United States District Court, N.D. Illinois, Eastern Division
MEMORANDUM OPINION AND ORDER
ARLANDER KEYS, Magistrate Judge.
Currently pending before the Court is Plaintiff and Counter-Defendants', Douglas Ousterhout, M.D., D.D.S. and Mira Coluccio (collectively the "Ousterhout Parties"), motion to compel [#142] and motion to clarify [#144], as well as Defendant and Counter-Plaintiff's, Mark Zukowski, M.D., motion to compel [#137] and motion to clarify [#145]. For the reasons set forth below, the Ousterhout Parties' motion to compel is granted in part, and denied in part, and the motion to clarify is granted. Dr. Zukowski's motion to compel and motion to clarify is denied.
As the facts of this case are fully set forth in the Court's November 21, 2013 Memorandum Opinion and Order [#134], the Court will not repeat them here and will commence with its findings. With the exception of denying the production of Dr. Zukowski's doctor's note, the Ousterhout Parties' motion to compel is granted. Most of the Ousterhout Parties' requests address information that the Court previously ordered Dr. Zukowski to produce, and the rest of the Ousterhout Parties' requests have now been made sufficiently precise that Dr. Zukowski can now readily comply.
With regard to Interrogatory No. 1, the Ousterhout Parties sought identification (name, address, and similar contact information) of the patients referred to in Dr. Zukowski's original counterclaim, as well as in his third amended counterclaim. Dr. Zukowski objected for several reasons, including HIPAA and the Illinois Medical Records Act. The Court finds that Dr. Zukowski's objections based on HIPAA and the Illinois Act are without merit, as they will be obviated by the entry of a qualified HIPAA protective order. Moreover, The Court finds that Dr. Zukowski's reliance on DeFilippis v. Gardner, 368 Ill.App.3d1092 (2d Dist. 2006), is misplaced as it is distinguishable from the instant case. Herein, due to the variety of procedures that Dr. Zukowski performs, the disclosure of patient names does not automatically disclose the specific procedures. Accordingly, the Court orders Dr. Zukowski to immediately comply with Interrogatory No. 1.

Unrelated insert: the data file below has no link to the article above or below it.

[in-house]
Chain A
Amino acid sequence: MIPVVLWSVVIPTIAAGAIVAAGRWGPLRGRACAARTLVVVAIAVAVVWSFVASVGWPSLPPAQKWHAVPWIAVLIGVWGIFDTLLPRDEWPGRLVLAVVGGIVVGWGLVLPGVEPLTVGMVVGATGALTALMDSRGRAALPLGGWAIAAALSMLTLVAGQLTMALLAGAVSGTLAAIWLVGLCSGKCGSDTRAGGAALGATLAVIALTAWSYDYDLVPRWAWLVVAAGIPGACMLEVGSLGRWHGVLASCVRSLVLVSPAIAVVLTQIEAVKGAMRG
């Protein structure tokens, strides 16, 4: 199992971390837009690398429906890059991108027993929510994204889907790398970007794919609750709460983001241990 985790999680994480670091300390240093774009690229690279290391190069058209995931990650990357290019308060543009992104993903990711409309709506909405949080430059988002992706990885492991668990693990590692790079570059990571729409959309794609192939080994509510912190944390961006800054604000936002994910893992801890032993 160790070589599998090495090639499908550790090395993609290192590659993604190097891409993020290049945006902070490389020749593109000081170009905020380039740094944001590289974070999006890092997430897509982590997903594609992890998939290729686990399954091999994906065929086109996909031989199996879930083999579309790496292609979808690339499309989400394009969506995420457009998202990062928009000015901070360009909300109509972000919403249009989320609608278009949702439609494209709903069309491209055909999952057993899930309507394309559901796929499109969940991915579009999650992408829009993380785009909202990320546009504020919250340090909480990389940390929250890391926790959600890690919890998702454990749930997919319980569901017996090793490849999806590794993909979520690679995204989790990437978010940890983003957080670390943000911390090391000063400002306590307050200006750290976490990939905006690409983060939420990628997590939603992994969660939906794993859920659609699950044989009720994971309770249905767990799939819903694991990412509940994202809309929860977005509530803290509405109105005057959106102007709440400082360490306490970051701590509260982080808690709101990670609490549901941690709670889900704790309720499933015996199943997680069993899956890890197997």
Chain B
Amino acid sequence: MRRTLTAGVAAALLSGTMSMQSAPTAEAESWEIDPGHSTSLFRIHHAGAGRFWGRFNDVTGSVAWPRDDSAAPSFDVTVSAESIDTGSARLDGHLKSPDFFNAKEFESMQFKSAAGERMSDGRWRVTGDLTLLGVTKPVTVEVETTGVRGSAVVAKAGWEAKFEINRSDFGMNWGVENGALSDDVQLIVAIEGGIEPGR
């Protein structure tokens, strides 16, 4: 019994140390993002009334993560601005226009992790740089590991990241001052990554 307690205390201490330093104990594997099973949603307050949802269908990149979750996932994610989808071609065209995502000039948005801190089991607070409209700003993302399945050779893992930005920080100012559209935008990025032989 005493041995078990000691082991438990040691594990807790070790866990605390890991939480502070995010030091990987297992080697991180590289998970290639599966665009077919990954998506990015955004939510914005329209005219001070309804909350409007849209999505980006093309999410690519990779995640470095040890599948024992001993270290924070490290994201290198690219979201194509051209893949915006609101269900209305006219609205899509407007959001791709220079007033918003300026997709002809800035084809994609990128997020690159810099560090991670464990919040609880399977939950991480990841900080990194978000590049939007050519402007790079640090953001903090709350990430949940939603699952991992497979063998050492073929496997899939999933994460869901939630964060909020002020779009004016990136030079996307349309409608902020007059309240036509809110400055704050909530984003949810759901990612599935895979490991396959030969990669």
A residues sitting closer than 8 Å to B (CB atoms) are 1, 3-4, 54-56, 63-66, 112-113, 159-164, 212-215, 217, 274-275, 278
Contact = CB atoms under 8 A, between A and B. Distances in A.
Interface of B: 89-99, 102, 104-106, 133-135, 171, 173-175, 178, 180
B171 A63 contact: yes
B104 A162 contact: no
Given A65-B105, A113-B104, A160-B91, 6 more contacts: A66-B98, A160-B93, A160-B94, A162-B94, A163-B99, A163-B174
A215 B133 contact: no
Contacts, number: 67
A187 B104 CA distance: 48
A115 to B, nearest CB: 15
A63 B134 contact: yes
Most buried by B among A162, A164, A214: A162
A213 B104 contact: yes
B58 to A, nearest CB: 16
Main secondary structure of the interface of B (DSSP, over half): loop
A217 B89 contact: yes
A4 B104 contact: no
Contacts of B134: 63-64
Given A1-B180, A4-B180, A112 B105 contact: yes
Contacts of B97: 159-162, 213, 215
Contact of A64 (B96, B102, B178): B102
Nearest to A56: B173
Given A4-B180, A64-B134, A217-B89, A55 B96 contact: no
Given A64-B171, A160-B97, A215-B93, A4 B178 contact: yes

With regard to the financial information, the Court, while sympathetic to Dr. Zukowski's need for additional time due to his injury, orders the requested information to be promptly produced. The Court finds no need for Dr. Zukowski's production of his doctor's note referenced at the November 25, 2013 hearing. However, as March is upon us, Dr. Zukowski has had ample time to recover from his November injury and resulting procedure, and to have compiled that information. Accordingly, the financial information is to be produced within 7 days of the date of this memorandum opinion and order.
With regard to the electronic documents, the Court previously observed that the Ousterhout Parties were willing to discuss creating a protocol for the gathering, searching, and review of electronic records, and that such a system would be useful to all parties' discovery efforts. It was anticipated by the Court that the parties would come together on this issue to discuss and set up said protocol. However, the Ousterhout Parties claim that Dr. Zukowski's counsel, Mr. Blumentahl, was unable to do so as a result of Dr. Zukowski's injury and absence, as he claimed to not personally know how to procure Dr. Zukowski's electronic records. Now that Dr. Zukowski is available, the Court orders both parties to immediately discuss this issue and implement a system to search and review complete electronic files. Accordingly, the Court orders both parties to meet-and-confer within 14 days of the date of this memorandum opinion and order, in an effort to discuss the electronic documentation scope and implement a process of review.